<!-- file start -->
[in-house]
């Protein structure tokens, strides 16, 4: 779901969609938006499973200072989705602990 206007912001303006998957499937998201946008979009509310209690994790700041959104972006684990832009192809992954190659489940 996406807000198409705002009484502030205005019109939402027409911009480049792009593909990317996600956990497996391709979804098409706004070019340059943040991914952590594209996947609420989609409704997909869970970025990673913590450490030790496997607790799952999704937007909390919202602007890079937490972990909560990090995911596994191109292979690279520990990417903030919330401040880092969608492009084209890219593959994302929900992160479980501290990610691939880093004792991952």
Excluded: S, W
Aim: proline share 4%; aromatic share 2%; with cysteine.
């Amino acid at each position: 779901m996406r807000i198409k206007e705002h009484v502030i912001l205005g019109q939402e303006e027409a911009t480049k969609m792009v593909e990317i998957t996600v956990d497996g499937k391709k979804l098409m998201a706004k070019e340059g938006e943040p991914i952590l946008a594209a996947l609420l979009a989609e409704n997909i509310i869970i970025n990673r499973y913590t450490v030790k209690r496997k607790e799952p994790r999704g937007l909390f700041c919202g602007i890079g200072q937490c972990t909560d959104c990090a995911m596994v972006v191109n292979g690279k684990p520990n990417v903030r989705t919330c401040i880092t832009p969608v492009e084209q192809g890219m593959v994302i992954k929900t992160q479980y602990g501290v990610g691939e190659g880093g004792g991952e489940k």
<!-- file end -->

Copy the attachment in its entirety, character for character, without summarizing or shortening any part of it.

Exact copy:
[in-house]
């Protein structure tokens, strides 16, 4: 779901969609938006499973200072989705602990 206007912001303006998957499937998201946008979009509310209690994790700041959104972006684990832009192809992954190659489940 996406807000198409705002009484502030205005019109939402027409911009480049792009593909990317996600956990497996391709979804098409706004070019340059943040991914952590594209996947609420989609409704997909869970970025990673913590450490030790496997607790799952999704937007909390919202602007890079937490972990909560990090995911596994191109292979690279520990990417903030919330401040880092969608492009084209890219593959994302929900992160479980501290990610691939880093004792991952």
Excluded: S, W
Aim: proline share 4%; aromatic share 2%; with cysteine.
């Amino acid at each position: 779901m996406r807000i198409k206007e705002h009484v502030i912001l205005g019109q939402e303006e027409a911009t480049k969609m792009v593909e990317i998957t996600v956990d497996g499937k391709k979804l098409m998201a706004k070019e340059g938006e943040p991914i952590l946008a594209a996947l609420l979009a989609e409704n997909i509310i869970i970025n990673r499973y913590t450490v030790k209690r496997k607790e799952p994790r999704g937007l909390f700041c919202g602007i890079g200072q937490c972990t909560d959104c990090a995911m596994v972006v191109n292979g690279k684990p520990n990417v903030r989705t919330c401040i880092t832009p969608v492009e084209q192809g890219m593959v994302i992954k929900t992160q479980y602990g501290v990610g691939e190659g880093g004792g991952e489940k």